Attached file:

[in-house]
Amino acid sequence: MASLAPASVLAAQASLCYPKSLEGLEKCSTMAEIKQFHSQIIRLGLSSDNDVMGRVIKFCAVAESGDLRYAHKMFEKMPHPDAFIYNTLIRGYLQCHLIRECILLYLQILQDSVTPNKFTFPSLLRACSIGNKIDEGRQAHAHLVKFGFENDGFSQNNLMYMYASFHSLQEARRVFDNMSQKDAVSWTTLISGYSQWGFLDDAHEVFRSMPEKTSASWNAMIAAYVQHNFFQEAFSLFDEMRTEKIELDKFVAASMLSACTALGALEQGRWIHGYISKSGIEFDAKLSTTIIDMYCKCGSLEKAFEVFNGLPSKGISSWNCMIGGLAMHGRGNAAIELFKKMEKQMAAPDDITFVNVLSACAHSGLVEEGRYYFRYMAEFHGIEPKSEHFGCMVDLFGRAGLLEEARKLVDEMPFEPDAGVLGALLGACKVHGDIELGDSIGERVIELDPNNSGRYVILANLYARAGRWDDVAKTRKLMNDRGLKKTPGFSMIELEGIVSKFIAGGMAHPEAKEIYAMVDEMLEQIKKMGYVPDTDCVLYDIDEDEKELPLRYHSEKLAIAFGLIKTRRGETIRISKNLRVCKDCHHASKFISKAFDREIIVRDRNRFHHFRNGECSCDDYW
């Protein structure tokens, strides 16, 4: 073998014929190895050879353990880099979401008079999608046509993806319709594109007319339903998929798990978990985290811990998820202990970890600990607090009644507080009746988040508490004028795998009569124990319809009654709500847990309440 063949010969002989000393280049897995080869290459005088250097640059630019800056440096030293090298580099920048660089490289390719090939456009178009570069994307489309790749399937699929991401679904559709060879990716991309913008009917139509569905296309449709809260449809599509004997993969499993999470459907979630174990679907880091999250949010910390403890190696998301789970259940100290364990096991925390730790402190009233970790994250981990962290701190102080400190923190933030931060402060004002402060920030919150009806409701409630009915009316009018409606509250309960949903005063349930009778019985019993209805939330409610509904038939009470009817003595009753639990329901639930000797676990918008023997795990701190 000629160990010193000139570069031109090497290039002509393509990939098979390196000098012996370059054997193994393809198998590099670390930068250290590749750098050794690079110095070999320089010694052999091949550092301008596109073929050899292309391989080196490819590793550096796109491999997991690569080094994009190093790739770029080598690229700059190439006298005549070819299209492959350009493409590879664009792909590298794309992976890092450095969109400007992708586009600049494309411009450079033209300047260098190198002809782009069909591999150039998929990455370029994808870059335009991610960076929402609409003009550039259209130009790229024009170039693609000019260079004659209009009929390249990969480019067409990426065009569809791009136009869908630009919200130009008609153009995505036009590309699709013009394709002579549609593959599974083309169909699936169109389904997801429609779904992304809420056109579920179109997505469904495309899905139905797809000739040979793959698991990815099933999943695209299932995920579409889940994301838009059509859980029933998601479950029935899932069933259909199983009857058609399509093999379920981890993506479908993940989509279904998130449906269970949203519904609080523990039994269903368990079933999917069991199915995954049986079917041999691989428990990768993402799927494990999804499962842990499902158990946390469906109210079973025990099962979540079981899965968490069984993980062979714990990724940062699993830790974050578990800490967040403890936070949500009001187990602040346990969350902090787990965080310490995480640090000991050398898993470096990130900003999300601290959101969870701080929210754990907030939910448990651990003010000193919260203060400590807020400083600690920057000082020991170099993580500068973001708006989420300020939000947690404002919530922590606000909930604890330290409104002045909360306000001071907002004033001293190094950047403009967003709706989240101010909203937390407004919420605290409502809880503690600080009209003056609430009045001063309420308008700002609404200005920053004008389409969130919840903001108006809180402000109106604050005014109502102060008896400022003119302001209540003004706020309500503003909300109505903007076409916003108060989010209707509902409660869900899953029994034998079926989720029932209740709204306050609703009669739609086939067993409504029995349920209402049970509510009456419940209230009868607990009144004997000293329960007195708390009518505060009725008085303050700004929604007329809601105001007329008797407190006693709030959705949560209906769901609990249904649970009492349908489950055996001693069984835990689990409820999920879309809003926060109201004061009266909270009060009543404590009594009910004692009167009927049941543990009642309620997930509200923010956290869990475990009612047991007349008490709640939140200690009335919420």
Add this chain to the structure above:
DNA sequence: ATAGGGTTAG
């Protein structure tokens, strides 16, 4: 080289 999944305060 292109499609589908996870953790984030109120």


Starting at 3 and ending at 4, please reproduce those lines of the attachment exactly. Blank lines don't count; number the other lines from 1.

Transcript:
């Protein structure tokens, strides 16, 4: 073998014929190895050879353990880099979401008079999608046509993806319709594109007319339903998929798990978990985290811990998820202990970890600990607090009644507080009746988040508490004028795998009569124990319809009654709500847990309440 063949010969002989000393280049897995080869290459005088250097640059630019800056440096030293090298580099920048660089490289390719090939456009178009570069994307489309790749399937699929991401679904559709060879990716991309913008009917139509569905296309449709809260449809599509004997993969499993999470459907979630174990679907880091999250949010910390403890190696998301789970259940100290364990096991925390730790402190009233970790994250981990962290701190102080400190923190933030931060402060004002402060920030919150009806409701409630009915009316009018409606509250309960949903005063349930009778019985019993209805939330409610509904038939009470009817003595009753639990329901639930000797676990918008023997795990701190 000629160990010193000139570069031109090497290039002509393509990939098979390196000098012996370059054997193994393809198998590099670390930068250290590749750098050794690079110095070999320089010694052999091949550092301008596109073929050899292309391989080196490819590793550096796109491999997991690569080094994009190093790739770029080598690229700059190439006298005549070819299209492959350009493409590879664009792909590298794309992976890092450095969109400007992708586009600049494309411009450079033209300047260098190198002809782009069909591999150039998929990455370029994808870059335009991610960076929402609409003009550039259209130009790229024009170039693609000019260079004659209009009929390249990969480019067409990426065009569809791009136009869908630009919200130009008609153009995505036009590309699709013009394709002579549609593959599974083309169909699936169109389904997801429609779904992304809420056109579920179109997505469904495309899905139905797809000739040979793959698991990815099933999943695209299932995920579409889940994301838009059509859980029933998601479950029935899932069933259909199983009857058609399509093999379920981890993506479908993940989509279904998130449906269970949203519904609080523990039994269903368990079933999917069991199915995954049986079917041999691989428990990768993402799927494990999804499962842990499902158990946390469906109210079973025990099962979540079981899965968490069984993980062979714990990724940062699993830790974050578990800490967040403890936070949500009001187990602040346990969350902090787990965080310490995480640090000991050398898993470096990130900003999300601290959101969870701080929210754990907030939910448990651990003010000193919260203060400590807020400083600690920057000082020991170099993580500068973001708006989420300020939000947690404002919530922590606000909930604890330290409104002045909360306000001071907002004033001293190094950047403009967003709706989240101010909203937390407004919420605290409502809880503690600080009209003056609430009045001063309420308008700002609404200005920053004008389409969130919840903001108006809180402000109106604050005014109502102060008896400022003119302001209540003004706020309500503003909300109505903007076409916003108060989010209707509902409660869900899953029994034998079926989720029932209740709204306050609703009669739609086939067993409504029995349920209402049970509510009456419940209230009868607990009144004997000293329960007195708390009518505060009725008085303050700004929604007329809601105001007329008797407190006693709030959705949560209906769901609990249904649970009492349908489950055996001693069984835990689990409820999920879309809003926060109201004061009266909270009060009543404590009594009910004692009167009927049941543990009642309620997930509200923010956290869990475990009612047991007349008490709640939140200690009335919420």
Add this chain to the structure above: